CHAPTER X. CHAMPAGNOLE AND MOREZ.
On quitting Lons-le-Saunier for Champagnole, our way led through rich tracts of vineyard; but no sooner were we fairly among the mountains than the vine disappeared altogether, and scant culture and pastures took its place. We also soon perceive the peculiar characteristics of the Jura range, which so essentially distinguish it from the Alps. These mountains do not take abrupt shapes of cones and sugar-loaves, but stretch out in vast sweeps with broad summits and lateral ridges, features readily seized, and lending to the landscape its most salient characteristics. Not only are we entering the region of lofty mountains and deep valleys, but of numerous industrial centres, also the land of mediaeval warfare and legend, whence arose the popular saying:
Nenni, ma foi."
Our journey, of four hours, takes us through a succession of grandiose and charming prospects, and lonely little villages, at which we pick up letters, and drop numbers of Le Petit Journal, probably all the literature they get. Gorge, crag, lake and ravine, valley, river, and cascade, pine forests crowning sombre ridges, broad hill-sides alive with the tinkling of cattle bells, pastoral scenes separating frowning peaks, all these we have to rejoice the eye and much more. The beautiful Lake of Challin, we only see in the distance, though most enticingly inviting nearer inspection, and all this valley of the Ain might, indeed, detain the tourist several days. The river Ain has its source near Champagnole, and flows through a broad beautiful valley southwards, but the only way to get an idea of the geography of the place is to climb a mountain, maps avail little.
On alighting at the Hotel Dumont, the sight of an elegant landlady, in spotless white morning gown, was re-assuring, and when I was conducted to a bedroom with bells, clean floors, proper washing apparatus, and other comforts, my heart quite leapt. There is nothing to see at Champagnole but the saw-mills, the "click, click" of which you hear at every turn. Saw-making by machinery is the principal industry here, and is worth inspecting. But if the town itself is uninteresting, it offers a variety of delicious walks and drives, and must be a very healthy summer resort, being five hundred yards above the level of the plain. I went a little way on the road to Les Planches, and nothing could be more solemnly beautiful than the black pines pricking against the deep blue sky, and the golden light playing on the ferns and pine-stems below; before us, a vista of deep gorge and purple mountain chain, on either side the solemn serried lines of the forest. The good pedestrian should follow this road to Les Planches, as splendid a walk as any in the Jura. No less delightful, though in a different way, is the winding walk by the river. The Ain here rushes past with a torrent like thunder, and rolls and tosses over a stony bed, having on either side green slopes and shady ways. Those travellers, like myself, contented with a bit of modest mountaineering, will delight in the three hours' climb of Mount Rivol, a broad pyramidal mountain, eight hundred yards in height, dominating the town. A very beautiful walk is this for fairly good walkers, and though the sun is intense, the air is sharp and penetrating. On our way, we find plenty of ripe wild mulberries with which to refresh ourselves, and abundance of the blue-fringed gentian to delight our eyes.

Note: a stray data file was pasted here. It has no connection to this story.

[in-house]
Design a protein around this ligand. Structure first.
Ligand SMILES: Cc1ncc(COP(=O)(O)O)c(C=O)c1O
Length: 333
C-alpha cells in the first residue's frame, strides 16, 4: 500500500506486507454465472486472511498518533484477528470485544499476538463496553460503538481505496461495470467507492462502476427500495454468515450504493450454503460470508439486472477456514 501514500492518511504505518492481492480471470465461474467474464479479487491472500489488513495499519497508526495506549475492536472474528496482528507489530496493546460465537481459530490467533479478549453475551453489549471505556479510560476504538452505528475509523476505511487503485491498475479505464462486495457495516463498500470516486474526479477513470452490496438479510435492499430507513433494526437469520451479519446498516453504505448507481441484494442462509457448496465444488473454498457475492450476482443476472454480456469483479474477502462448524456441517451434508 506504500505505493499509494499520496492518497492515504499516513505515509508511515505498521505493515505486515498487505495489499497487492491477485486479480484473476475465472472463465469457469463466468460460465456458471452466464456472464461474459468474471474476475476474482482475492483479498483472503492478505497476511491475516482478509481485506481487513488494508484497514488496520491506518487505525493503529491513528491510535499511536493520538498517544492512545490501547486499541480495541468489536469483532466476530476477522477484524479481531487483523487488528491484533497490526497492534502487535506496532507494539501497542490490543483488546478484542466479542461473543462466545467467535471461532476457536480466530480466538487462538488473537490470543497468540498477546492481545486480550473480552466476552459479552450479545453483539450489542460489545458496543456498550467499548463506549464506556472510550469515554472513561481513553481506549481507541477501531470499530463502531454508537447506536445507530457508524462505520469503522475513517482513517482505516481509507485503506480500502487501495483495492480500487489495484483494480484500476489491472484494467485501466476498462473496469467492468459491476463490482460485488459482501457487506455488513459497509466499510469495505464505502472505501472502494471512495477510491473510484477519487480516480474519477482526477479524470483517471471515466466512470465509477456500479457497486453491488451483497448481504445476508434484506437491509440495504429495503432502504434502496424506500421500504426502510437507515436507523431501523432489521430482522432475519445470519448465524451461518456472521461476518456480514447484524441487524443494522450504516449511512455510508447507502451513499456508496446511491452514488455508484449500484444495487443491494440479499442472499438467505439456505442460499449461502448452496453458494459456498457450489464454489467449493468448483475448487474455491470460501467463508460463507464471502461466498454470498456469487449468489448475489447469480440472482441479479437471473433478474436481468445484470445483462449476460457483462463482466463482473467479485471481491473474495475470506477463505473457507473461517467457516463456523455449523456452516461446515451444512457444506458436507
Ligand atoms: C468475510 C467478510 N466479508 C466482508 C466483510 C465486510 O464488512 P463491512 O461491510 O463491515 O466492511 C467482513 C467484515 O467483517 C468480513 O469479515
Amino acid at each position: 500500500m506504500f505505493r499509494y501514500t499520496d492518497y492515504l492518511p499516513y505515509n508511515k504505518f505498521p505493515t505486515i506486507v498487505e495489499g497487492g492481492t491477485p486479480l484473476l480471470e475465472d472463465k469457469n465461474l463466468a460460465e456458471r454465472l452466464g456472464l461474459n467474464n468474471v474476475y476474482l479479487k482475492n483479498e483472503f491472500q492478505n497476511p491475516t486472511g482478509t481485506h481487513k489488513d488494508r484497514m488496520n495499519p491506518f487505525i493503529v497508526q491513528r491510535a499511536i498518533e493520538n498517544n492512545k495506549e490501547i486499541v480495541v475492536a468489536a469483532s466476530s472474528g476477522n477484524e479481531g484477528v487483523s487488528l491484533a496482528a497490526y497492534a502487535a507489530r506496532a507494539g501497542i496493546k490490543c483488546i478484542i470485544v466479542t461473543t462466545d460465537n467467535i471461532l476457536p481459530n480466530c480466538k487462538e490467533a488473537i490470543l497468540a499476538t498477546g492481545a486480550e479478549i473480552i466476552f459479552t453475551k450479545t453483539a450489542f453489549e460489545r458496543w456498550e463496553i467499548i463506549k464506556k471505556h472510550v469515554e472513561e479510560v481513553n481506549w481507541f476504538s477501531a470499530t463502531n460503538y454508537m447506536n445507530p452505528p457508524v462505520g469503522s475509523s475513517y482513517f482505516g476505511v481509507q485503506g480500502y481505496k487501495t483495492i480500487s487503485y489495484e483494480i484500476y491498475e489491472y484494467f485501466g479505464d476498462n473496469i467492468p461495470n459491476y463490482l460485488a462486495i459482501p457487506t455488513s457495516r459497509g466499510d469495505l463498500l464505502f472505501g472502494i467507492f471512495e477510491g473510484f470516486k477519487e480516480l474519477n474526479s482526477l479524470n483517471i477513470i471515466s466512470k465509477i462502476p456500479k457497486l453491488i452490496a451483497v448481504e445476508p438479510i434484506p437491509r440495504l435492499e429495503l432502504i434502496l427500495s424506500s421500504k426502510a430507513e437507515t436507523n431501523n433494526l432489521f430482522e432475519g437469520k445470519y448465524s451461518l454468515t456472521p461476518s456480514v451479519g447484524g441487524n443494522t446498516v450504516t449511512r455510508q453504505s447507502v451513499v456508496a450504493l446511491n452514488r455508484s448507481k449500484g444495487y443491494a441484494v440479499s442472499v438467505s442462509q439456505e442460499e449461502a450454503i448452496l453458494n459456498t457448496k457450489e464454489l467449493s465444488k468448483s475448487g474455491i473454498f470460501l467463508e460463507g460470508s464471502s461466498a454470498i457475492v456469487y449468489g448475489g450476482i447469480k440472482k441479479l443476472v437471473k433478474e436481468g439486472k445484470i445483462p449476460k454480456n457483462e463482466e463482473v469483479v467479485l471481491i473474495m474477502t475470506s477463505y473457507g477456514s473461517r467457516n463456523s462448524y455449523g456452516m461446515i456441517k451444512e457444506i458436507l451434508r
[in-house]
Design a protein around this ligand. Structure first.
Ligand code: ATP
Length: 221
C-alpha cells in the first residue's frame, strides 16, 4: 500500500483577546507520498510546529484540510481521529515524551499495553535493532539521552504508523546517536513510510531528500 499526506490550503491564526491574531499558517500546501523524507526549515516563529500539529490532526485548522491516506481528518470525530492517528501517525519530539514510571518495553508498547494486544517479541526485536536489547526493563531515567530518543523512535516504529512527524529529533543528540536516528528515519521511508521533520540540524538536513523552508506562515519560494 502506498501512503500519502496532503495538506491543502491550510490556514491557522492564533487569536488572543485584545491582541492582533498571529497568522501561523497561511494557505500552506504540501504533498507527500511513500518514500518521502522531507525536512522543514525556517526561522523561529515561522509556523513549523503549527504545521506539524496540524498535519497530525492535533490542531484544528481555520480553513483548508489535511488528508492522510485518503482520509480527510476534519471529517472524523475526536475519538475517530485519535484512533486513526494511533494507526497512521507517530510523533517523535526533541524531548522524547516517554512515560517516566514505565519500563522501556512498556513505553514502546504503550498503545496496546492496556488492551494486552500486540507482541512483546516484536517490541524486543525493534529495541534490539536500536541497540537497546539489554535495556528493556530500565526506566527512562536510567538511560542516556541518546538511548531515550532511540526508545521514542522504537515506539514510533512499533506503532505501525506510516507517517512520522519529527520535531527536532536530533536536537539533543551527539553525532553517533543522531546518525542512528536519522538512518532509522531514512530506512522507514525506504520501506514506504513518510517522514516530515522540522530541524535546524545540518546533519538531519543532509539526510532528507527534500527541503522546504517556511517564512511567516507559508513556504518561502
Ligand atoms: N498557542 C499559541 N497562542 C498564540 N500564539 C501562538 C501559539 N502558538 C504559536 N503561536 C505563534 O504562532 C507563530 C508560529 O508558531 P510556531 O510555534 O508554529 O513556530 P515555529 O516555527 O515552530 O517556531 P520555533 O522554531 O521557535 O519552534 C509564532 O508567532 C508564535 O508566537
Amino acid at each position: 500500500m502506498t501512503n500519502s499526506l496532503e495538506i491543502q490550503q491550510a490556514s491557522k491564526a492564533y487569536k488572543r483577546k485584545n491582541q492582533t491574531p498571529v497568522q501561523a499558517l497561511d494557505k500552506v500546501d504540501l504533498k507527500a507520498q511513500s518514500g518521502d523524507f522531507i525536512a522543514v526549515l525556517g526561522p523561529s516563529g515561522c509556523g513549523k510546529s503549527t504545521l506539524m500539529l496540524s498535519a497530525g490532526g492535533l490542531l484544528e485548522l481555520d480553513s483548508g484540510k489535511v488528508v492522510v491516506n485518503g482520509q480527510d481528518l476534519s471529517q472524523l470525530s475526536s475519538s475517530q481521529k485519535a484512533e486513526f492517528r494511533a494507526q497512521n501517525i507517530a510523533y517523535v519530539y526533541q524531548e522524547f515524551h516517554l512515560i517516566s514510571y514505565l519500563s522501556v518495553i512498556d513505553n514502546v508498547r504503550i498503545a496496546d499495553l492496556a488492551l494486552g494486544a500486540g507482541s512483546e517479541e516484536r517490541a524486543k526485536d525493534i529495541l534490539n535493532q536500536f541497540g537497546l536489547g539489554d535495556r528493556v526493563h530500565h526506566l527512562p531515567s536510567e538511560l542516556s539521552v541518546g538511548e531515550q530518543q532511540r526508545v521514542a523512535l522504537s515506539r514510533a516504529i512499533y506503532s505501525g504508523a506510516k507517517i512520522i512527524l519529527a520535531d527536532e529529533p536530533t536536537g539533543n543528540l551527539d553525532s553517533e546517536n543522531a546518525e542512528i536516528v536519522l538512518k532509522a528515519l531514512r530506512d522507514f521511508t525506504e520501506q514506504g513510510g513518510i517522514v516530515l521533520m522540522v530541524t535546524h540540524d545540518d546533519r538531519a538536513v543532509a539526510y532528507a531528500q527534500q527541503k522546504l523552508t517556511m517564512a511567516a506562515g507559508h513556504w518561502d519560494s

So steep are these mountain sides, that it is like scaling a wall, but after an hour and a half we are rewarded by finding ourselves on the top; a broad plateau covering many acres richly cultivated, with farm-buildings in the centre. Here we enjoy one of those magnificent panoramas so plentiful in the Jura, and which must be seen to be realized. On one side we have the verdant valley of the Ain, the river flowing gently through green fields and softly dimpled hills; on another, Andelot with its bridge and the lofty rocks bristling round Salins; on the third side, the road leading to Pontarlier amid pine-forest and limestone crags, and above this, a sight more majestic still, namely, the vast parallel ranges of the Jura, deepest purple, crested in the far away distance with a silvery peak whose name takes our very breath away. We are gazing on Mont Blanc! a sight as grandiose and inspiring as the distant glimpse of the Pyramids from Cairo! We would fain have lingered long before this glorious picture, but the air was too cold to admit of a halt after our heating walk in the blazing sun. The great drawback to travelling in the Jura, indeed, is this terrible fickleness of climate. As a rule, even thus early in the autumn, you are obliged to make several toilettes a day, putting on winter clothes when you get up, and towards mid-day exchanging them for the lightest summer attire till sunset, when again you need the warmest clothing. Winter sets in very early here, there is no spring, properly speaking; five months of fine warm weather have to be set against seven of frost and snow; yet in spite of the bitterness and long duration of these winters, little or no provision seems to be made against the cold. There are no carpets, curtains, and generally no fire-places in the bedrooms, all is cold, cool, and bare as in Egypt, and many are approached from without. The people must enjoy a wonderful vigour of health and robustness of constitution, or they could not resist such hardships as these, and what a Jura winter is, makes one shudder to think of. Snow lies often twelve feet deep on the road, and journeys are performed by sledges, as in Russia.